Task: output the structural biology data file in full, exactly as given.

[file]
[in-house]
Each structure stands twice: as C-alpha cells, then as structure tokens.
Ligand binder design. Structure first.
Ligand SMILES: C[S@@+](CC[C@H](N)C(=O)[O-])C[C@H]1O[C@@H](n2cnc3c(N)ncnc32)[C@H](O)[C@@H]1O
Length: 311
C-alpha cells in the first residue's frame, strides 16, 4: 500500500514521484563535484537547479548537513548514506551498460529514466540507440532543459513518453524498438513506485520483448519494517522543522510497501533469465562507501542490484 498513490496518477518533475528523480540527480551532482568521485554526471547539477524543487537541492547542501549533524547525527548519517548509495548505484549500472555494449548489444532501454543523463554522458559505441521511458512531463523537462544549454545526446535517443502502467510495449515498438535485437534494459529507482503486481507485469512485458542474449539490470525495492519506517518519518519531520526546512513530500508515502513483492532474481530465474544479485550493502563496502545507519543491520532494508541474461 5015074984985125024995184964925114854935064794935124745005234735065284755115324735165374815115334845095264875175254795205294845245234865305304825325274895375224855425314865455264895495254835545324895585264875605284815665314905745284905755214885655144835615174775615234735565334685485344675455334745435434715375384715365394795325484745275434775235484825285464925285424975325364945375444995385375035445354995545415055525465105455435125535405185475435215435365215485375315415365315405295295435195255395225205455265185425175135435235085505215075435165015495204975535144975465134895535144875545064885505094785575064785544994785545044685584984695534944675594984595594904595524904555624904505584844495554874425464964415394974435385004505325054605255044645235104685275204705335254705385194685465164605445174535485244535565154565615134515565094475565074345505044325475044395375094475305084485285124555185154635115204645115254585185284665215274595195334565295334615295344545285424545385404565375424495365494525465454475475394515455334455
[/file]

[in-house]
Each structure stands twice: as C-alpha cells, then as structure tokens.
Ligand binder design. Structure first.
Ligand SMILES: C[S@@+](CC[C@H](N)C(=O)[O-])C[C@H]1O[C@@H](n2cnc3c(N)ncnc32)[C@H](O)[C@@H]1O
Length: 311
C-alpha cells in the first residue's frame, strides 16, 4: 500500500514521484563535484537547479548537513548514506551498460529514466540507440532543459513518453524498438513506485520483448519494517522543522510497501533469465562507501542490484 498513490496518477518533475528523480540527480551532482568521485554526471547539477524543487537541492547542501549533524547525527548519517548509495548505484549500472555494449548489444532501454543523463554522458559505441521511458512531463523537462544549454545526446535517443502502467510495449515498438535485437534494459529507482503486481507485469512485458542474449539490470525495492519506517518519518519531520526546512513530500508515502513483492532474481530465474544479485550493502563496502545507519543491520532494508541474461 5015074984985125024995184964925114854935064794935124745005234735065284755115324735165374815115334845095264875175254795205294845245234865305304825325274895375224855425314865455264895495254835545324895585264875605284815665314905745284905755214885655144835615174775615234735565334685485344675455334745435434715375384715365394795325484745275434775235484825285464925285424975325364945375444995385375035445354995545415055525465105455435125535405185475435215435365215485375315415365315405295295435195255395225205455265185425175135435235085505215075435165015495204975535144975465134895535144875545064885505094785575064785544994785545044685584984695534944675594984595594904595524904555624904505584844495554874425464964415394974435385004505325054605255044645235104685275204705335254705385194685465164605445174535485244535565154565615134515565094475565074345505044325475044395375094475305084485285124555185154635115204645115254585185284665215274595195334565295334615295344545285424545385404565375424495365494525465454475475394515455334455